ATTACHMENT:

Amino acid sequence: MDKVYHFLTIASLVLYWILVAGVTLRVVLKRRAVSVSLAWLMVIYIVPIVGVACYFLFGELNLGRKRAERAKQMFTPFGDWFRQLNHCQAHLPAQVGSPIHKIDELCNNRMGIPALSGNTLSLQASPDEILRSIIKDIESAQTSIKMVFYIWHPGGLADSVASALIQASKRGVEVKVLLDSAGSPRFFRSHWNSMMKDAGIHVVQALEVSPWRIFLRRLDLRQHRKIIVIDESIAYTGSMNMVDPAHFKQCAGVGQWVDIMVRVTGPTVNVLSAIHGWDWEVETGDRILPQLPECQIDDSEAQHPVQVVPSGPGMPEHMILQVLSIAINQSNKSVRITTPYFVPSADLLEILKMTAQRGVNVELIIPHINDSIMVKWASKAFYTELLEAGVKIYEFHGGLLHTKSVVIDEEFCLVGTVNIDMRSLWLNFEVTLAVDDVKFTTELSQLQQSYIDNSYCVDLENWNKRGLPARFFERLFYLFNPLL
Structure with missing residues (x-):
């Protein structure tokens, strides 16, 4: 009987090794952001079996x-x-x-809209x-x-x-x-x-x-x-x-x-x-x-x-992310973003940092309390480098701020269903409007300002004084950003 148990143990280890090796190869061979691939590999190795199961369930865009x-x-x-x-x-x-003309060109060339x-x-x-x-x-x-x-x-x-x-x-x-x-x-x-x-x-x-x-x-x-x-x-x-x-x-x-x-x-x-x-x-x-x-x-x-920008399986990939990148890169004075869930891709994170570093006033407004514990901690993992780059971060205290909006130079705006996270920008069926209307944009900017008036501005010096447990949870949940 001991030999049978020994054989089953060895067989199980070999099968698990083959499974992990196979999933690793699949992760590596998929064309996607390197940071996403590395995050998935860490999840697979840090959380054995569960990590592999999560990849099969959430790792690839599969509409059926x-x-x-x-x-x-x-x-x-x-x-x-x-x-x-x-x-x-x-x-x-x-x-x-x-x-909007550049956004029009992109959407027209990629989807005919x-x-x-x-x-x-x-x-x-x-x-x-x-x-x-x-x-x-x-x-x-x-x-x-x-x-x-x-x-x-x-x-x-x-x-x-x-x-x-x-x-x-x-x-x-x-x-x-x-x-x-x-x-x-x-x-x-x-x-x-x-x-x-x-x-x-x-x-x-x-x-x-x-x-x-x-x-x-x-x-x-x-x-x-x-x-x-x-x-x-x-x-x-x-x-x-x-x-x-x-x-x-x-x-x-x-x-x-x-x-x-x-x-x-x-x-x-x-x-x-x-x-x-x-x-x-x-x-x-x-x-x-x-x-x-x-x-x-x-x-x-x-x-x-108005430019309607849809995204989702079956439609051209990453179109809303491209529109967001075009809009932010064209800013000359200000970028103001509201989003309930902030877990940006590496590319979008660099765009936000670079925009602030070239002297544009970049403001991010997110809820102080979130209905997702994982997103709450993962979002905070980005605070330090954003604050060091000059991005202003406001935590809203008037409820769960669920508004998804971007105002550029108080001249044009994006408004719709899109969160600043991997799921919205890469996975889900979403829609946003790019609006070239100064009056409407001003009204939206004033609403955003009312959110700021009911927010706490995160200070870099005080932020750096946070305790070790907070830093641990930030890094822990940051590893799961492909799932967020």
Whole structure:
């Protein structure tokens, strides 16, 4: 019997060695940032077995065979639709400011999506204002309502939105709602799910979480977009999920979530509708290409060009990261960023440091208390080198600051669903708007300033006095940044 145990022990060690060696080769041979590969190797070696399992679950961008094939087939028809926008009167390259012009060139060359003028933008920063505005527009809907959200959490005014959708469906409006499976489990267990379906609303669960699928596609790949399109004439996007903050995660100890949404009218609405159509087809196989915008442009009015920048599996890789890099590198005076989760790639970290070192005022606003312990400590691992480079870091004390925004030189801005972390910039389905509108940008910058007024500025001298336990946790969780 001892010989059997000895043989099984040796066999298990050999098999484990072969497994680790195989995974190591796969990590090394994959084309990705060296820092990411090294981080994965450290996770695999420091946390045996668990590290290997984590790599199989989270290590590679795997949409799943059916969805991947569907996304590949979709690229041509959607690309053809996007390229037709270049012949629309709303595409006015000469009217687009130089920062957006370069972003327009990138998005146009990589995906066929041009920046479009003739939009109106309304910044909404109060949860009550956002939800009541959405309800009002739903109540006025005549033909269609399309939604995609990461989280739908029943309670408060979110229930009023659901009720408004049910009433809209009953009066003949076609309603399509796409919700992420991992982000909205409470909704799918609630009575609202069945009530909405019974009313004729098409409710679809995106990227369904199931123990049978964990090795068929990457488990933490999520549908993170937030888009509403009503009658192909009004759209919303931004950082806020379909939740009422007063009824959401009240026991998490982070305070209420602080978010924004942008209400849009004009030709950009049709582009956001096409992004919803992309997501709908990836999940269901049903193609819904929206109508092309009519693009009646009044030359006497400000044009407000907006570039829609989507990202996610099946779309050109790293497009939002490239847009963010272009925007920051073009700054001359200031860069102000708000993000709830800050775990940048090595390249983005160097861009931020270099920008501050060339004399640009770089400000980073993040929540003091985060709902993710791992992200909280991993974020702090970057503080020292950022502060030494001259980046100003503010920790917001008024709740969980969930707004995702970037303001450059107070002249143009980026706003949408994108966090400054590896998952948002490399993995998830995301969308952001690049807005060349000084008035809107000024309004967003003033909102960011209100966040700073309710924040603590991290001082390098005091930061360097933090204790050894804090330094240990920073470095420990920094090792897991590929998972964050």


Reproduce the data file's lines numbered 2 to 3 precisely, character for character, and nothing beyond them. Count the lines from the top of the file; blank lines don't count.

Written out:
Structure with missing residues (x-):
């Protein structure tokens, strides 16, 4: 009987090794952001079996x-x-x-809209x-x-x-x-x-x-x-x-x-x-x-x-992310973003940092309390480098701020269903409007300002004084950003 148990143990280890090796190869061979691939590999190795199961369930865009x-x-x-x-x-x-003309060109060339x-x-x-x-x-x-x-x-x-x-x-x-x-x-x-x-x-x-x-x-x-x-x-x-x-x-x-x-x-x-x-x-x-x-x-x-920008399986990939990148890169004075869930891709994170570093006033407004514990901690993992780059971060205290909006130079705006996270920008069926209307944009900017008036501005010096447990949870949940 001991030999049978020994054989089953060895067989199980070999099968698990083959499974992990196979999933690793699949992760590596998929064309996607390197940071996403590395995050998935860490999840697979840090959380054995569960990590592999999560990849099969959430790792690839599969509409059926x-x-x-x-x-x-x-x-x-x-x-x-x-x-x-x-x-x-x-x-x-x-x-x-x-x-909007550049956004029009992109959407027209990629989807005919x-x-x-x-x-x-x-x-x-x-x-x-x-x-x-x-x-x-x-x-x-x-x-x-x-x-x-x-x-x-x-x-x-x-x-x-x-x-x-x-x-x-x-x-x-x-x-x-x-x-x-x-x-x-x-x-x-x-x-x-x-x-x-x-x-x-x-x-x-x-x-x-x-x-x-x-x-x-x-x-x-x-x-x-x-x-x-x-x-x-x-x-x-x-x-x-x-x-x-x-x-x-x-x-x-x-x-x-x-x-x-x-x-x-x-x-x-x-x-x-x-x-x-x-x-x-x-x-x-x-x-x-x-x-x-x-x-x-x-x-x-x-x-x-108005430019309607849809995204989702079956439609051209990453179109809303491209529109967001075009809009932010064209800013000359200000970028103001509201989003309930902030877990940006590496590319979008660099765009936000670079925009602030070239002297544009970049403001991010997110809820102080979130209905997702994982997103709450993962979002905070980005605070330090954003604050060091000059991005202003406001935590809203008037409820769960669920508004998804971007105002550029108080001249044009994006408004719709899109969160600043991997799921919205890469996975889900979403829609946003790019609006070239100064009056409407001003009204939206004033609403955003009312959110700021009911927010706490995160200070870099005080932020750096946070305790070790907070830093641990930030890094822990940051590893799961492909799932967020």